12. 12. How to approach AI – machine learning  Supervised learning: A form of learning in which the software tries to learn a function f given examples, the training data T, of its values at various points in its domain  𝑻 = {⟨𝑥1, 𝒇(𝑥1)⟩, ⟨𝑥2, 𝒇(𝑥2)⟩, … , ⟨𝑥 𝑛, 𝒇(𝑥 𝑛)⟩}  Learn function h so that error = 𝑥∈𝑇 𝛿 (𝒇 𝑥 − 𝒉(𝑥)) is minimized  Unsupervised learning: tries to find useful knowledge out of raw data without any function associated with input.  Clustering  PageRank  Reinforcement learning: suitable when the machine has to learn over a period of time and the performance is not judged on one action but a series of actions and their effect on environment. 12 (Total) Turing Test  natural language processing  knowledge representation  automated reasoning  machine learning  computer vision  robotics x x x x x x x
  13. 13. Top few opportunities ahead for students  Virtual assistants – textual + voice based  Computer vision techniques for image / video processing  Text mining and assisted intelligence  Enterprise search  Intelligent devices 13  Market forces  Contactless interactions  Cost optimization  Bias reduction  React faster  Better risk assessment
  14. 14. Opportunity is wide  Successful AI projects need a variety of roles, not just data science and domain knowledge to build statistical / machine learning models.  A typical team composition 14 Role Responsibility Exec sponsor Ensure the AI projects are aligned with the strategy. Obtain startup funding. System architect Operationalize the entire suite of machine learning and deep learning models within the IT framework Data engineer Define and implement the integration of data into the overall AI architecture, while ensuring data quality Data scientist Explore data to extract actionable information for making business decisions. Typically from STEM field. DevOps engineer Work with architects, developers, data engineers and the data scientist to ensure solutions are rolled out and managed. Business analyst Act as “translators” between the business users and the machine learning team Visualization expert Design/Build user interface for AI output Application developer Build application for embedding AI Typical team composition Exec sponsor System architect Data engineer Data scientist DevOps Engineer Business Analyst Visualizationexpert Application Developer Typical team composition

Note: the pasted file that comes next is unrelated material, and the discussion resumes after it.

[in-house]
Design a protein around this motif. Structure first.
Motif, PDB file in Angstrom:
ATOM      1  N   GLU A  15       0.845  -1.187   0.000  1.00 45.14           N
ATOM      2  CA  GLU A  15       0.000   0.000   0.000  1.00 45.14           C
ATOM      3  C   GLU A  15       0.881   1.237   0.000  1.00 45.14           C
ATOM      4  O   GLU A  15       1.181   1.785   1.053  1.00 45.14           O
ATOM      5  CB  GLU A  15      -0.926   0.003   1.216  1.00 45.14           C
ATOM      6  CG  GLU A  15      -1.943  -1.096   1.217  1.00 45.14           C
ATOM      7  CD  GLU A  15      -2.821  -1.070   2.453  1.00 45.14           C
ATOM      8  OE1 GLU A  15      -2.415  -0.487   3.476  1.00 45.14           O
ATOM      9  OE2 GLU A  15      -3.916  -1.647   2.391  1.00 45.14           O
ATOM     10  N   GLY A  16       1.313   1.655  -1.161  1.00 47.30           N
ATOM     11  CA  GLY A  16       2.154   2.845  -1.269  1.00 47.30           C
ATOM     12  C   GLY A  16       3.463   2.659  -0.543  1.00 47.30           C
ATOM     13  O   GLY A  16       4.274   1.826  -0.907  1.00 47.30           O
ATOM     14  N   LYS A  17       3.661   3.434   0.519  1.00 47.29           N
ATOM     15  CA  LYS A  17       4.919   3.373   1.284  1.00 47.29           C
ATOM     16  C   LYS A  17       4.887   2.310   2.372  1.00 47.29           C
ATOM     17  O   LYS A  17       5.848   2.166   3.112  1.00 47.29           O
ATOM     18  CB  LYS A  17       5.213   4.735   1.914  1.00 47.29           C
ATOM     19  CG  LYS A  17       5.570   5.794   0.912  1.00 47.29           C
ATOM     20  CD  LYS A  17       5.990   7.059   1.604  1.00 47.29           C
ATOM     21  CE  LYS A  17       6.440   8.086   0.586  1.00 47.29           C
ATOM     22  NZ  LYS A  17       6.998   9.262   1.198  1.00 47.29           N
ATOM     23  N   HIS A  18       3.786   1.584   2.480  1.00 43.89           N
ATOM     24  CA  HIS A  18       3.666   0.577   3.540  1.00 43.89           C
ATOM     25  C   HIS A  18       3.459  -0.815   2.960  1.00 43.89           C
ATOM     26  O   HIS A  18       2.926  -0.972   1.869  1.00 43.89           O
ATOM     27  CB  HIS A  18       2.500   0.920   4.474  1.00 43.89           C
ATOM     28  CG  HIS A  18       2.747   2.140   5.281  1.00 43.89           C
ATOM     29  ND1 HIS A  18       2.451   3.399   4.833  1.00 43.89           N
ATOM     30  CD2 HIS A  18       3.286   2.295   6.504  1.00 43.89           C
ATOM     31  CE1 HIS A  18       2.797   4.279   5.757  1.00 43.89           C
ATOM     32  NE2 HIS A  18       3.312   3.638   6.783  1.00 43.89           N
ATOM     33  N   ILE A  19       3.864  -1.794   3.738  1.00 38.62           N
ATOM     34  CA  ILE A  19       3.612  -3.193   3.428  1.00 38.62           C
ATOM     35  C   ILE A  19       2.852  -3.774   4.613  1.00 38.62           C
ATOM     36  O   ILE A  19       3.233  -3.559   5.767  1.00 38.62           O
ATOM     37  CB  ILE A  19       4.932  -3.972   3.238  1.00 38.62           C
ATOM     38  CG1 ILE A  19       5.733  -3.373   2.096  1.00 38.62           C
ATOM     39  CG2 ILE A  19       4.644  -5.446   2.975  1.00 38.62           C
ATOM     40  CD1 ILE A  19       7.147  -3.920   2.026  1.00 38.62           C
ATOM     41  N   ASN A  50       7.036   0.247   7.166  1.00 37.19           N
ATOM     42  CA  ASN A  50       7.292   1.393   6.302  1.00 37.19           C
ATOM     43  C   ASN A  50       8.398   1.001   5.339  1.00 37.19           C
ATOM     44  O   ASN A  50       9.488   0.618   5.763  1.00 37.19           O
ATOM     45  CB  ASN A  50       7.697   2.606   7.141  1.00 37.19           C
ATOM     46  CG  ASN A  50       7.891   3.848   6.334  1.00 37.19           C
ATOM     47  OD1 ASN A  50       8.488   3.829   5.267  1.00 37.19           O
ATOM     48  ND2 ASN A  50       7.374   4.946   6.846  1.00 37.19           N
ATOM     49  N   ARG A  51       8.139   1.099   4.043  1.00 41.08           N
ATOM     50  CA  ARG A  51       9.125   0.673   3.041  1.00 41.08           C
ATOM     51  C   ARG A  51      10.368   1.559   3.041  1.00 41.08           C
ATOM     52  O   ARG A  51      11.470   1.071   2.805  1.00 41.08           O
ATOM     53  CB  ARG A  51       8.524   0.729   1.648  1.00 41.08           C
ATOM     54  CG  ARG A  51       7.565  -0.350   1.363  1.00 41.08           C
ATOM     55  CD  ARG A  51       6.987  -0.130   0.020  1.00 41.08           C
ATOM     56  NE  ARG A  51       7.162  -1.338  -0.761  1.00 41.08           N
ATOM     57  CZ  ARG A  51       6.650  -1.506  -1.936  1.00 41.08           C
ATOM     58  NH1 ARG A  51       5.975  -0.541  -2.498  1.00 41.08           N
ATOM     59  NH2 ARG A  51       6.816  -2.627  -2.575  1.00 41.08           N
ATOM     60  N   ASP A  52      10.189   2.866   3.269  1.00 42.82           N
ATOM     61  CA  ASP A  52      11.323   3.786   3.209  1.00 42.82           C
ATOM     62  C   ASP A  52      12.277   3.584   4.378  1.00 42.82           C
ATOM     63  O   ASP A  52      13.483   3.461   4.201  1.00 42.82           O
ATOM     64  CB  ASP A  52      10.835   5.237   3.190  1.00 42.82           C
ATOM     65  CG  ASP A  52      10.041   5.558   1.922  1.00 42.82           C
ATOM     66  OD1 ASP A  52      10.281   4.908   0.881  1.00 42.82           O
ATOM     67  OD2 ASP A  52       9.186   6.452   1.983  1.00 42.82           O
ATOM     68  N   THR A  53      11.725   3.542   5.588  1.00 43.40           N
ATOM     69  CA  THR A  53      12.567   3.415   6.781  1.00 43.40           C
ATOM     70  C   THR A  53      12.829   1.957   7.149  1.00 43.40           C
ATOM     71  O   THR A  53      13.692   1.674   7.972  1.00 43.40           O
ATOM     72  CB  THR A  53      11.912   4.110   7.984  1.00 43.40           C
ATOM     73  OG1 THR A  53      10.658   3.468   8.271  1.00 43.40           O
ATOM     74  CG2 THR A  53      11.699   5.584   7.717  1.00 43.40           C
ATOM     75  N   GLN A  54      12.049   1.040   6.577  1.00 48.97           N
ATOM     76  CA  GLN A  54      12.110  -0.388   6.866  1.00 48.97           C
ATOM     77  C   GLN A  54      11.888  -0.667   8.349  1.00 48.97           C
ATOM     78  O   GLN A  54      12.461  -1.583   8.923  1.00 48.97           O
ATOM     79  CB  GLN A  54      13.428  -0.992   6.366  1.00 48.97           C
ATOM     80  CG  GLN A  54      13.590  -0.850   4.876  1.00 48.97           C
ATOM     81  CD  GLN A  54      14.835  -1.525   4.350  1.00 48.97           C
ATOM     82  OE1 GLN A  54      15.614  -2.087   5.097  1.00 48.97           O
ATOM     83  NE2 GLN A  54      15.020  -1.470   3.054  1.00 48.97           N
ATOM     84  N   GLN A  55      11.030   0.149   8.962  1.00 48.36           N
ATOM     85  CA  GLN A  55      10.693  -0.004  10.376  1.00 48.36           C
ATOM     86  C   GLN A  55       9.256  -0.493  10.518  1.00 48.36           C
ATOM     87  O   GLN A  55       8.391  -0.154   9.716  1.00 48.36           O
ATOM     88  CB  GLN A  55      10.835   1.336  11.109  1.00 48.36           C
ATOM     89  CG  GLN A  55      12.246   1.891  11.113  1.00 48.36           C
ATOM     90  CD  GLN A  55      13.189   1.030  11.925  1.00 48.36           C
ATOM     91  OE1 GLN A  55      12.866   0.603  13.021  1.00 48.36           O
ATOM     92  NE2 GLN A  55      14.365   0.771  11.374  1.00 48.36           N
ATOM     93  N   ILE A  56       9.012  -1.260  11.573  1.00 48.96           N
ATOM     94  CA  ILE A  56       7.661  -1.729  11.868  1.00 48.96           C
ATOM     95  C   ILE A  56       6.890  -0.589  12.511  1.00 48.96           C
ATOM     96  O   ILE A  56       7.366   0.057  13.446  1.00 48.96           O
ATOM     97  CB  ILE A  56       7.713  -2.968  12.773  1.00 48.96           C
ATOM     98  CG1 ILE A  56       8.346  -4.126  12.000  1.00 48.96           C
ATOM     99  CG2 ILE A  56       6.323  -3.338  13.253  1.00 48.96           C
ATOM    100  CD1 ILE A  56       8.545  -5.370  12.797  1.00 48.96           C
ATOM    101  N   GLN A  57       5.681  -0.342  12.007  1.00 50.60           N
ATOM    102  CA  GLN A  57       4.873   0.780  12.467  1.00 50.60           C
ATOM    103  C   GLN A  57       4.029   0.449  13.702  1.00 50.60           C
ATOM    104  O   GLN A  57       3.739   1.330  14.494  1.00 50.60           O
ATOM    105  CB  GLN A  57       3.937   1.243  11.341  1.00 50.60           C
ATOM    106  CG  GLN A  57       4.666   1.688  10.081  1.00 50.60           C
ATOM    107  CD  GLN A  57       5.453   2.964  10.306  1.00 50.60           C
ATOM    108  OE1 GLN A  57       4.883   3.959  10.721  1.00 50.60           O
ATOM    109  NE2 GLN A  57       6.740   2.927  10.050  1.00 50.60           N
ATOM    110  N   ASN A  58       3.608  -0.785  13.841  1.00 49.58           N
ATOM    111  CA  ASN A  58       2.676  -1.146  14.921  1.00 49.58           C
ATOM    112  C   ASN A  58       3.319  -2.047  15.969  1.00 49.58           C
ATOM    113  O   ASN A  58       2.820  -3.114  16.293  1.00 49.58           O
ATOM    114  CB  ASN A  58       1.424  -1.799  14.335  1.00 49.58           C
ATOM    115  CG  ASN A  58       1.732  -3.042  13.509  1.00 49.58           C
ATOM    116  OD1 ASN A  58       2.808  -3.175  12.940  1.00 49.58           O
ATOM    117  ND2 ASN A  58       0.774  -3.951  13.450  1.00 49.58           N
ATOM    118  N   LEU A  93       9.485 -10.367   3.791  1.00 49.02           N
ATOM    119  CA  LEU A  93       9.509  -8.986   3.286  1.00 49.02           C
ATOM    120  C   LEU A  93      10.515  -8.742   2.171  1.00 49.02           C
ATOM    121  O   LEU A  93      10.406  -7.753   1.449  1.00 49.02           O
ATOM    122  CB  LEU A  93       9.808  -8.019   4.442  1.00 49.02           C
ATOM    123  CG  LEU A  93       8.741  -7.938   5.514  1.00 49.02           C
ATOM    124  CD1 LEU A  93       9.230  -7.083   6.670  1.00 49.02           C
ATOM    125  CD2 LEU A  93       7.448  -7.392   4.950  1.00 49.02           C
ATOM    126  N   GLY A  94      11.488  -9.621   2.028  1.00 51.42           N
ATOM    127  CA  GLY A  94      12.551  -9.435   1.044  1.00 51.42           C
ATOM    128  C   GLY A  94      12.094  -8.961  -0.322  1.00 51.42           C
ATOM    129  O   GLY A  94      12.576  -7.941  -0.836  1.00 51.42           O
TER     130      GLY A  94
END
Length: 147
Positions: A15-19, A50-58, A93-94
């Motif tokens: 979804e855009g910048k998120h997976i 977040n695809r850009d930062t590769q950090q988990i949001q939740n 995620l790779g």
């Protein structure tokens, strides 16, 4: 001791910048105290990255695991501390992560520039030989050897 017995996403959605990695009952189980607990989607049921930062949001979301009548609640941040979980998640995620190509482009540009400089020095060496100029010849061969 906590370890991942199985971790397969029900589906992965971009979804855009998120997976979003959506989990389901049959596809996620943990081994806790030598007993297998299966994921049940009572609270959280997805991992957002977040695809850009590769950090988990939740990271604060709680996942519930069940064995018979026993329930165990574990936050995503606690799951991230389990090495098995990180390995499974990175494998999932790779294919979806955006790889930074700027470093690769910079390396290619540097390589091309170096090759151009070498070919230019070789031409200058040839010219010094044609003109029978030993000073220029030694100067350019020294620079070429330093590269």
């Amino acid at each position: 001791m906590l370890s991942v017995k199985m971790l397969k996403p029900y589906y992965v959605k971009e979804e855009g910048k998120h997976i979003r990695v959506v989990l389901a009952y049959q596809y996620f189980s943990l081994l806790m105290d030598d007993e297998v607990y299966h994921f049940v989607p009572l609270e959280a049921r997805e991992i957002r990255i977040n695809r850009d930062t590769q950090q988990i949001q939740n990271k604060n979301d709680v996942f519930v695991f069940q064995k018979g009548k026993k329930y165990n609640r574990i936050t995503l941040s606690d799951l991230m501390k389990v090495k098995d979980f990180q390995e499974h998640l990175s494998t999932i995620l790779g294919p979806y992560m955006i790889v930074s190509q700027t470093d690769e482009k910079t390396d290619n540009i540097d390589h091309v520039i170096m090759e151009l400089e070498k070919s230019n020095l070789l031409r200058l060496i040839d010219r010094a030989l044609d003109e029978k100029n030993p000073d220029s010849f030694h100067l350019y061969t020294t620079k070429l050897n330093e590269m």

15. 15. Q&A 15
  16. 16. References  A. M. Turing (1950) Computing Machinery and Intelligence. Mind 49: 433-460.  Artificial Intelligence A Modern Approach – 3rd Edition 16
  17. 17. Appendix-I: Ability to explain and ethical questions  Algorithmic decisions being used in various business functions brings in the risk of low explainability. This has strong legal implication in case ethical questions (e.g. gender bias, racial bias, or any discriminatory action).  Explainability is something that needs early attention  Essentially it needs a set of capabilities that describes a model, highlights its strengths and weaknesses, predicts its likely behavior, and identifies any potential biases.  By 2025, 30% of government and large- enterprise contracts for purchase of digital products and services using AI will require the use of explainable and ethical AI1. 17 1 Source © 2018 Gartner, Inc.